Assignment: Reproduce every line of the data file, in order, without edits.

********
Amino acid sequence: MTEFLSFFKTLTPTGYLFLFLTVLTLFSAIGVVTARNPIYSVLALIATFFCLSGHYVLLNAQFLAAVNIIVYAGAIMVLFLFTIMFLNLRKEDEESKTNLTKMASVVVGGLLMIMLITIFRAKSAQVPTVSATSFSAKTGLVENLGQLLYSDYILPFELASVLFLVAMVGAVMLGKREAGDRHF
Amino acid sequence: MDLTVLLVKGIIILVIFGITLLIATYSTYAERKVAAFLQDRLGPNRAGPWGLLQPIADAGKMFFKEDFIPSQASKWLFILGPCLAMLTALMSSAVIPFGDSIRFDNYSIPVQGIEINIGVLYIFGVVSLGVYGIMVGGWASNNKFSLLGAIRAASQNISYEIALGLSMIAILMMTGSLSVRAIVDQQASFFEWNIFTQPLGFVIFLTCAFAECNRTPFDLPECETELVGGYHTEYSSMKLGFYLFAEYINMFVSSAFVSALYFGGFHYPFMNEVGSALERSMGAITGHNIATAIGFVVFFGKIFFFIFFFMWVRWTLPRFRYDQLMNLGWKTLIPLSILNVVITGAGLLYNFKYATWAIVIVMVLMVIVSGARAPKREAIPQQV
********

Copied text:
Amino acid sequence: MTEFLSFFKTLTPTGYLFLFLTVLTLFSAIGVVTARNPIYSVLALIATFFCLSGHYVLLNAQFLAAVNIIVYAGAIMVLFLFTIMFLNLRKEDEESKTNLTKMASVVVGGLLMIMLITIFRAKSAQVPTVSATSFSAKTGLVENLGQLLYSDYILPFELASVLFLVAMVGAVMLGKREAGDRHF
Amino acid sequence: MDLTVLLVKGIIILVIFGITLLIATYSTYAERKVAAFLQDRLGPNRAGPWGLLQPIADAGKMFFKEDFIPSQASKWLFILGPCLAMLTALMSSAVIPFGDSIRFDNYSIPVQGIEINIGVLYIFGVVSLGVYGIMVGGWASNNKFSLLGAIRAASQNISYEIALGLSMIAILMMTGSLSVRAIVDQQASFFEWNIFTQPLGFVIFLTCAFAECNRTPFDLPECETELVGGYHTEYSSMKLGFYLFAEYINMFVSSAFVSALYFGGFHYPFMNEVGSALERSMGAITGHNIATAIGFVVFFGKIFFFIFFFMWVRWTLPRFRYDQLMNLGWKTLIPLSILNVVITGAGLLYNFKYATWAIVIVMVLMVIVSGARAPKREAIPQQV